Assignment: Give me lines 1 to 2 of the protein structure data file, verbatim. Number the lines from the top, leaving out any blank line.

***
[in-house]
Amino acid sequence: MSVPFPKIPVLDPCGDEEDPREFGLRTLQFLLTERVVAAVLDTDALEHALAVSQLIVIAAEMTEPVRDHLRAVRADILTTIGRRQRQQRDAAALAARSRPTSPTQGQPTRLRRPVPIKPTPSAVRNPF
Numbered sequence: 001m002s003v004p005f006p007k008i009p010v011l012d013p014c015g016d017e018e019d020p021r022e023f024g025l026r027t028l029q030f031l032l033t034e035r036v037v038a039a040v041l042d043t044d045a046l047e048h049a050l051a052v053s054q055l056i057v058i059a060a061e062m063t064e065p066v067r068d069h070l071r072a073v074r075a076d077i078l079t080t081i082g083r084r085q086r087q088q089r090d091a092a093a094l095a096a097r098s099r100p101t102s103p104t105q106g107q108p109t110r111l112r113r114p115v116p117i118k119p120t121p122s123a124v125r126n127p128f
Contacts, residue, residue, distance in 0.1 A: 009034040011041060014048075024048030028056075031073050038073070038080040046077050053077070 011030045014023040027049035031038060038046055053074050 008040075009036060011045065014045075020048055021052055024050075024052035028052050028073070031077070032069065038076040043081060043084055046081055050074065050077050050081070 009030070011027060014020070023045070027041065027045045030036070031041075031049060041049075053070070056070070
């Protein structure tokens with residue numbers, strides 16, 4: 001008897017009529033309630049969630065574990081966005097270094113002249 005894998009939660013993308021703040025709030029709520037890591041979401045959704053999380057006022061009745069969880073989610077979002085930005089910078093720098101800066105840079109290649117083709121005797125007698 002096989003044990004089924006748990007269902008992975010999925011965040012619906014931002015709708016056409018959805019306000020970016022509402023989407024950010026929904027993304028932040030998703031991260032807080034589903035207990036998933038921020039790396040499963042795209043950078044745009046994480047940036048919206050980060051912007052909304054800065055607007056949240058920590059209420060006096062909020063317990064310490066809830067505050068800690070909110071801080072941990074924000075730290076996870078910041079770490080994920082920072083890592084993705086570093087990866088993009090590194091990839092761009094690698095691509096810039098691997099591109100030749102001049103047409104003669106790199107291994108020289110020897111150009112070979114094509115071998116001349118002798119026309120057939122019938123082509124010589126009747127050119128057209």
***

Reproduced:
[in-house]
Amino acid sequence: MSVPFPKIPVLDPCGDEEDPREFGLRTLQFLLTERVVAAVLDTDALEHALAVSQLIVIAAEMTEPVRDHLRAVRADILTTIGRRQRQQRDAAALAARSRPTSPTQGQPTRLRRPVPIKPTPSAVRNPF